Family Trusts

Family trusts offer particular legal and tax benefits that may provide significant advantages to you and your family, especially if you are a business owner.

The following article explains what family trusts are, how they are created, and the most common roles that trusts play in wealth management.

What is a trust?

A trust is a fiduciary relationship recognized by law in which property is held by a trustee for the interest of a beneficiary. A trust can have multiple trustees and multiple beneficiaries. Unlike a corporation, a trust is not a legal person. The trustee is the legal representative of the trust and carries on all legal actions on behalf of the trust. The trustee is also the legal owner of all trust property – despite the fact that a trust’s beneficiaries maintain a beneficial interest in such property.

While the term “family trust” is commonly used to describe a trust created for the benefit of family members, this term has no specific legal meaning. Family trusts fulfill a variety of functions, making them a particularly flexible legal tool.

How is a trust established?

While trusts can be established in a variety of ways including upon death (testamentary trusts) or by operation of the law (constructive trusts), family trusts are typically created by the execution of a trust instrument signed by the original holder of the property (the settlor) and a person tasked with controlling such property (the trustee). This is known as an inter vivos trust (living trust).

The trust instrument (usually in the form of a deed) is the controlling document of the trust. It identifies the trustee, the beneficiaries, and sets out the various rights and obligations of the trustee in respect of the trust property and the beneficiaries. 

Why are family trusts established?

Estate Planning – The allocation of property into a family trusts can be an effective way of mitigating the effect of the Estate Administration Tax. This tax is charged on the total value of an estate as set out in a will submitted for probate. Ontario currently charges some of the highest probate taxes in the country at 1.5%. However, as trust property is not considered part of an estate, it is excluded from the calculation of this tax. 

Income Splitting – A family trust can also be an effective vehicle for income splitting; the practice of allocating taxable income over anumber of persons with low marginal tax rates and thereby reducing the total amount of tax paid. For this strategy, shares in a family business are typically transferred to a family trust. Dividends are then paid up to the trust by the business and distributed to the trust beneficiaries. Business owners with children turning 18 in the applicable taxation year may benefit from income splitting. The period during which children are completing post-secondary education is often a popular time to implement an income splitting strategy.

Jurisdictional Arbitrage – In Canada, trusts are taxed in the province in which they are domiciled. Establishing a trust in a provincial jurisdiction with a lower tax rate may be an effective way of reducing taxes. In Canada, Alberta trusts are commonly used for this purpose. However, for this strategy to be effective, an Alberta resident trustee must be vested with full discretion in terms of the management and control of the trust.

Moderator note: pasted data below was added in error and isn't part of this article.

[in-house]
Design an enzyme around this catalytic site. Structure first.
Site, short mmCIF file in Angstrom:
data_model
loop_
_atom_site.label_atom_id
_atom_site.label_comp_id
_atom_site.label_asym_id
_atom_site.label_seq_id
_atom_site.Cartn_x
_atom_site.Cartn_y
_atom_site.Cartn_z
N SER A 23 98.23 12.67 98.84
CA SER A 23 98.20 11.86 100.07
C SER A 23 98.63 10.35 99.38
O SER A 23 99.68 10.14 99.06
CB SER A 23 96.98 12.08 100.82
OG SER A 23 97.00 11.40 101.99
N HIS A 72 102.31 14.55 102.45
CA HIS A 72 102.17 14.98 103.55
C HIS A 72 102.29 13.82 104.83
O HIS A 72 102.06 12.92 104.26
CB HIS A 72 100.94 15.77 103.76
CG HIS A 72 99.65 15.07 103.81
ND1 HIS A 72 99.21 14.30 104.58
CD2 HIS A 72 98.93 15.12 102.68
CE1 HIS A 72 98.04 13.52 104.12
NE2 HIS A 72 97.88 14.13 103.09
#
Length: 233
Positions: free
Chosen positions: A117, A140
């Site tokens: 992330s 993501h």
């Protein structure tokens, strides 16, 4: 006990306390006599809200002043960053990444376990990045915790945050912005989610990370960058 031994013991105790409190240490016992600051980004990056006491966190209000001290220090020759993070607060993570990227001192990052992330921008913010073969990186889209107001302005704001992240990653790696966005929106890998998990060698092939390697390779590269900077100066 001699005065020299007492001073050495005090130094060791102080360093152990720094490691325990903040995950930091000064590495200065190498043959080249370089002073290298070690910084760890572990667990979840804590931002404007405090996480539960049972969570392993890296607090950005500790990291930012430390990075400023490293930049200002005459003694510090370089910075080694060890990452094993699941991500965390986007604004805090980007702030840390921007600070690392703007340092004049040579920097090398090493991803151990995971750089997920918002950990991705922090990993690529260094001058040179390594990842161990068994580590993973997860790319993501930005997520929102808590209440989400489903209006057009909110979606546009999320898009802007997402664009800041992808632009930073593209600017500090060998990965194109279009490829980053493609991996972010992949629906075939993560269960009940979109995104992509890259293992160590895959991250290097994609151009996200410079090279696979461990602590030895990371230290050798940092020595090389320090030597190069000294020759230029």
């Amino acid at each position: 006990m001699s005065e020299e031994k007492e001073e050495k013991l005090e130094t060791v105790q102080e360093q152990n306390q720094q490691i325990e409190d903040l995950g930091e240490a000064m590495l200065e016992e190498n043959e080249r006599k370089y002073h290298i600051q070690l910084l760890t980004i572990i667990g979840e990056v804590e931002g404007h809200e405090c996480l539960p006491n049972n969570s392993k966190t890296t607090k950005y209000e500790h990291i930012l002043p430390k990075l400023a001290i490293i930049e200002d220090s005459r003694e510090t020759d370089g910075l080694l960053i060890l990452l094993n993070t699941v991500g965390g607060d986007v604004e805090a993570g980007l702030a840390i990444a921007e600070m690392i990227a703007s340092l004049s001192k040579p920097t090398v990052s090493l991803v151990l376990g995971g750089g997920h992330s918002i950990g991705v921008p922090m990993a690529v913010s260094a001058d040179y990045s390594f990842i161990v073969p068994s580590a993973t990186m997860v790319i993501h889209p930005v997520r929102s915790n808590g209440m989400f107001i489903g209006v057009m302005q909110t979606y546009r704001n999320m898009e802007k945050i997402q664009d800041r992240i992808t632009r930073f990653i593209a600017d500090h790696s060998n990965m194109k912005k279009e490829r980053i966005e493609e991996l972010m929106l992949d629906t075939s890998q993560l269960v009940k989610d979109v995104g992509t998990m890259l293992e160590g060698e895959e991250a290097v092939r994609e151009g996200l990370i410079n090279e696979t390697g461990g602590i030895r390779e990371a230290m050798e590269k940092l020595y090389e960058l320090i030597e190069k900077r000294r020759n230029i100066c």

Estate Freeze – Family trusts are typically used in estate freezes as a vehicle for a departing business owner to control the future ownership of the business through the exercise of discretionary powers afforded to the business owner as trustee of the family trust.   

Minor or Disabled Children – A trust can also be useful for maintaining control and allocating distributions of trust property in respect of minor and disabled children.

Asset Protection – A beneficiary’s interest in an irrevocable, fully-discretionary trust is generally protected from creditors of the beneficiary. While a beneficiary’s creditors may step into the shoes of the beneficiary and exercise any rights of the beneficiary, by definition, the rights of a beneficiary of a discretionary trust are inherently limited. A trustee of such a trust has extensive powers and discretion to choose both the timing and allocation of distributions. Thus, where a beneficiary’s interest in a trust is threatened by such beneficiary’s creditors, the trustee may simply refuse to make any distributions to that particular beneficiary. This can effectively block creditor claims. However, a trust offers no protection to a beneficiary where property is transferred to a trust with the intention of defrauding creditors (a fraudulent conveyance).

Confidentiality – Another benefit of a family trust is confidentiality. Unlike a will, which may be required to be submitted before a court for probate, a trust is a private document. Assuming that no dispute arises, none of the parties involved in the creation of a trust (settlor, trustee, beneficiary) are obliged to acknowledge the relationship. The only reporting requirement of a trust is the filing of a T-3 Return with the Canada Revenue Agency. Confidentiality is thus an added advantage of trusts where discretion is sought.

While family trusts can provide an efficient vehicle for tax planning and other purposes, a qualified legal advisor should always be retained. If you have any further questions on the use of trusts, feel free to contact Michael Otto or another member of Loopstra Nixon’s Wealth Management Practice.